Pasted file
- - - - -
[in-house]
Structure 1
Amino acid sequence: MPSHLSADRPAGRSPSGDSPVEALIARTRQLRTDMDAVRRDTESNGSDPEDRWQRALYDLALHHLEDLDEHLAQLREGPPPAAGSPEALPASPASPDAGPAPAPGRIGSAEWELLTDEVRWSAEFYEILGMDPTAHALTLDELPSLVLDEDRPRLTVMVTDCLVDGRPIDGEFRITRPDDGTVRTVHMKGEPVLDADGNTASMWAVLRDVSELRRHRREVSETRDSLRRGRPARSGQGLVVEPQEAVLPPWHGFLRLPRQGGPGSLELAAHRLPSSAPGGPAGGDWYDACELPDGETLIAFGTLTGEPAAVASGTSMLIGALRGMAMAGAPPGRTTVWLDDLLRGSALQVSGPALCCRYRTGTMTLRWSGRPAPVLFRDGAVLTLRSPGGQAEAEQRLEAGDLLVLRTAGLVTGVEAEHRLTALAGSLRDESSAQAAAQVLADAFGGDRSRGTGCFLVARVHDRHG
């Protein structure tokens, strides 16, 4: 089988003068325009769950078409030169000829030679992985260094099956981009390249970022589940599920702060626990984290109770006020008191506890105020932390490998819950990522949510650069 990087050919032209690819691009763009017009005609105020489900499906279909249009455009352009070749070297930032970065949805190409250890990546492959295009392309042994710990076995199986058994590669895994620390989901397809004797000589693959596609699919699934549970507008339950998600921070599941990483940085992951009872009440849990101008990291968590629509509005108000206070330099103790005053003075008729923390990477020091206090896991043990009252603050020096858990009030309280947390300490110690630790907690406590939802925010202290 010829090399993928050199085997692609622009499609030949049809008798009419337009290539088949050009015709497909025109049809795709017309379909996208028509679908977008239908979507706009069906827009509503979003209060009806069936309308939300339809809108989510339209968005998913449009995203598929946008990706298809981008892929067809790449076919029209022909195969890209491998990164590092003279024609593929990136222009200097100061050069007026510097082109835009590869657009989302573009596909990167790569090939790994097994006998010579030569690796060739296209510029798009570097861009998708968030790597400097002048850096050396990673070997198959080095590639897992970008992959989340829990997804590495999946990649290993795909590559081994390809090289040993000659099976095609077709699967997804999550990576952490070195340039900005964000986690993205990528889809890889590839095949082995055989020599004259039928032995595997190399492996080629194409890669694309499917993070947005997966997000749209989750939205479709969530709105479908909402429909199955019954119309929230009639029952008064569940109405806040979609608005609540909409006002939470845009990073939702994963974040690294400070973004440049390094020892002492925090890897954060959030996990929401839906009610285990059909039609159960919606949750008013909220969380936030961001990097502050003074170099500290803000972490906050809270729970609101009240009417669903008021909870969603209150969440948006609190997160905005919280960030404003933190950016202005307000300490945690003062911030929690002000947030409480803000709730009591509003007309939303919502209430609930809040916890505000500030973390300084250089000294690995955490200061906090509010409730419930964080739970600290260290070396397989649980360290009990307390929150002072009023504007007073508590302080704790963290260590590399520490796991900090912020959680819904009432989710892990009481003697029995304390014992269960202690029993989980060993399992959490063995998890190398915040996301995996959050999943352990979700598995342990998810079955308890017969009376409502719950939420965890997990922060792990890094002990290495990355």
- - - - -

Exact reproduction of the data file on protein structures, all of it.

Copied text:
[in-house]
Structure 1
Amino acid sequence: MPSHLSADRPAGRSPSGDSPVEALIARTRQLRTDMDAVRRDTESNGSDPEDRWQRALYDLALHHLEDLDEHLAQLREGPPPAAGSPEALPASPASPDAGPAPAPGRIGSAEWELLTDEVRWSAEFYEILGMDPTAHALTLDELPSLVLDEDRPRLTVMVTDCLVDGRPIDGEFRITRPDDGTVRTVHMKGEPVLDADGNTASMWAVLRDVSELRRHRREVSETRDSLRRGRPARSGQGLVVEPQEAVLPPWHGFLRLPRQGGPGSLELAAHRLPSSAPGGPAGGDWYDACELPDGETLIAFGTLTGEPAAVASGTSMLIGALRGMAMAGAPPGRTTVWLDDLLRGSALQVSGPALCCRYRTGTMTLRWSGRPAPVLFRDGAVLTLRSPGGQAEAEQRLEAGDLLVLRTAGLVTGVEAEHRLTALAGSLRDESSAQAAAQVLADAFGGDRSRGTGCFLVARVHDRHG
């Protein structure tokens, strides 16, 4: 089988003068325009769950078409030169000829030679992985260094099956981009390249970022589940599920702060626990984290109770006020008191506890105020932390490998819950990522949510650069 990087050919032209690819691009763009017009005609105020489900499906279909249009455009352009070749070297930032970065949805190409250890990546492959295009392309042994710990076995199986058994590669895994620390989901397809004797000589693959596609699919699934549970507008339950998600921070599941990483940085992951009872009440849990101008990291968590629509509005108000206070330099103790005053003075008729923390990477020091206090896991043990009252603050020096858990009030309280947390300490110690630790907690406590939802925010202290 010829090399993928050199085997692609622009499609030949049809008798009419337009290539088949050009015709497909025109049809795709017309379909996208028509679908977008239908979507706009069906827009509503979003209060009806069936309308939300339809809108989510339209968005998913449009995203598929946008990706298809981008892929067809790449076919029209022909195969890209491998990164590092003279024609593929990136222009200097100061050069007026510097082109835009590869657009989302573009596909990167790569090939790994097994006998010579030569690796060739296209510029798009570097861009998708968030790597400097002048850096050396990673070997198959080095590639897992970008992959989340829990997804590495999946990649290993795909590559081994390809090289040993000659099976095609077709699967997804999550990576952490070195340039900005964000986690993205990528889809890889590839095949082995055989020599004259039928032995595997190399492996080629194409890669694309499917993070947005997966997000749209989750939205479709969530709105479908909402429909199955019954119309929230009639029952008064569940109405806040979609608005609540909409006002939470845009990073939702994963974040690294400070973004440049390094020892002492925090890897954060959030996990929401839906009610285990059909039609159960919606949750008013909220969380936030961001990097502050003074170099500290803000972490906050809270729970609101009240009417669903008021909870969603209150969440948006609190997160905005919280960030404003933190950016202005307000300490945690003062911030929690002000947030409480803000709730009591509003007309939303919502209430609930809040916890505000500030973390300084250089000294690995955490200061906090509010409730419930964080739970600290260290070396397989649980360290009990307390929150002072009023504007007073508590302080704790963290260590590399520490796991900090912020959680819904009432989710892990009481003697029995304390014992269960202690029993989980060993399992959490063995998890190398915040996301995996959050999943352990979700598995342990998810079955308890017969009376409502719950939420965890997990922060792990890094002990290495990355």